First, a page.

You can make better use of your skip if you give some thought to what you need to put in it, so start by writing a list. This gives you an idea of the skip size you need, and whether some things need separate handling.
Plan the order things go in – this makes a difference to the amount that will safely fit. Items that aren’t allowed include asbestos, cathode TVs, paint, oil, tyres, refrigerators and batteries (ask your council for advice about these).
Breaking items up gets more in, so disassemble furniture, flatten boxes, and break up hardcore if possible. Pack in a sensible order – put flat items in first, on the floor or sides, then put the heaviest rubble on the bottom and keep lighter materials until last.
You’ll be surprised how many items mysteriously materialise in your skip overnight. Skips can even be filled before you get started, so cover it. Lockable ones are available. If you allow neighbours to overfill it, a responsible driver will refuse to collect it until you make it safe.
Public waste collection sites are being encouraged to bring in charges. A CMIOSH spokesperson advises that it isn’t “clear that there is a strong correlation between charging and illegal dumping or that there would.. be a significant increase if charging was introduced”. However, in some areas a person taking a piece of broken slate to a tip can be charged £3 each for the two halves and discover that plasterboard costs more to dispose of than it does to buy. As knowledge of these charges trickles through, fly tipping is inevitable without alternatives.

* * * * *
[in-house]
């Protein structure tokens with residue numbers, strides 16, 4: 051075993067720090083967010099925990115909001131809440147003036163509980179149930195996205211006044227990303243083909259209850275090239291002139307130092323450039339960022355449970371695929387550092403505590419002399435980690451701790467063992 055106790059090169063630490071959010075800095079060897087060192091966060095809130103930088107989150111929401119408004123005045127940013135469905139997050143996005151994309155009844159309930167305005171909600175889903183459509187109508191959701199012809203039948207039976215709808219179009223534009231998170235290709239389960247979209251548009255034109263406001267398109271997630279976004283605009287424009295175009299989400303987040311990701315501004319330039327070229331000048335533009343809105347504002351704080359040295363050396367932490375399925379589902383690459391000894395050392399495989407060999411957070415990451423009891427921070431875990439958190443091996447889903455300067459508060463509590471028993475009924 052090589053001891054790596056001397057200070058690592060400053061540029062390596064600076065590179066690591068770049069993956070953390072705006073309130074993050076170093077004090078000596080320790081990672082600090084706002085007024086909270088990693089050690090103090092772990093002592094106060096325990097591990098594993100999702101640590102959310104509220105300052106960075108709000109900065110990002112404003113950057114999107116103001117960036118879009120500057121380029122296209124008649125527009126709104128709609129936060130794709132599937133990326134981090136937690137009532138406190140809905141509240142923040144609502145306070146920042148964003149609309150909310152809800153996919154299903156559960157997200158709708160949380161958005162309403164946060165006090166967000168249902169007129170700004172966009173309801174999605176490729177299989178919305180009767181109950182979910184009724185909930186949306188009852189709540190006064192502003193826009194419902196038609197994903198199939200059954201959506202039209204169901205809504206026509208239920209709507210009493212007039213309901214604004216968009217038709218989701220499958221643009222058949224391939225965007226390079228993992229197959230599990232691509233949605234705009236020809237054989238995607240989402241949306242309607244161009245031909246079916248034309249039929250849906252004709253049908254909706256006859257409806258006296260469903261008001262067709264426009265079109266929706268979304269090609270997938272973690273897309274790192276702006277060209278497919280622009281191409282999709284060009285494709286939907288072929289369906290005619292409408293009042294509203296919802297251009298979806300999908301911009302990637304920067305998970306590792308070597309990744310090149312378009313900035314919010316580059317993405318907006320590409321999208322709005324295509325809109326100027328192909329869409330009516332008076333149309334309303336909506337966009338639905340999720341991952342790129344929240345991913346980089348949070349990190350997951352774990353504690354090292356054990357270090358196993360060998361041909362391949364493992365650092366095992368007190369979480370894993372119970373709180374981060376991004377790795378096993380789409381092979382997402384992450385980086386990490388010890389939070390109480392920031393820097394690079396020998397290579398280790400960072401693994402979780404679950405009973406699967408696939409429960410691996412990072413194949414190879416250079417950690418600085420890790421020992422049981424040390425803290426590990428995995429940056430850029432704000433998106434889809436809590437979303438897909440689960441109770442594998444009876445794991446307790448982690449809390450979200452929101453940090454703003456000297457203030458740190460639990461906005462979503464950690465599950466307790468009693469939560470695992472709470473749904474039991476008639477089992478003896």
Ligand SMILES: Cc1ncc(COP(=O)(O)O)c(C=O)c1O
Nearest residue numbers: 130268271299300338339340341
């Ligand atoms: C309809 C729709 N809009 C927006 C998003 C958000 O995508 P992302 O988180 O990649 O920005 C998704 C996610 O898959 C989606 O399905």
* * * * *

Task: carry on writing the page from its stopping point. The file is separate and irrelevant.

Skips are most attractive when householders are able to dispose of waste in bulk. Skips are now available in sizes to suit all situations, from quality companies like Swansea skip hire firm, Pendragon Skips (http://www.pendragoncarmarthenshire.co.uk).
Where does it go?
EU regulations define “Best Available Practical Environmental Option” guidelines (BAPEO) that list the preferred options for waste disposal, including reducing packaging, reusing, recycling, energy recovery (electricity from incineration), thermal treatments that generate less CO2, and landfill with methane capture.
Little progress seems possible with the first two. All the others depend upon private or private/public initiatives for waste collection and disposal. Skip hire companies now divert 95% of waste away from landfills.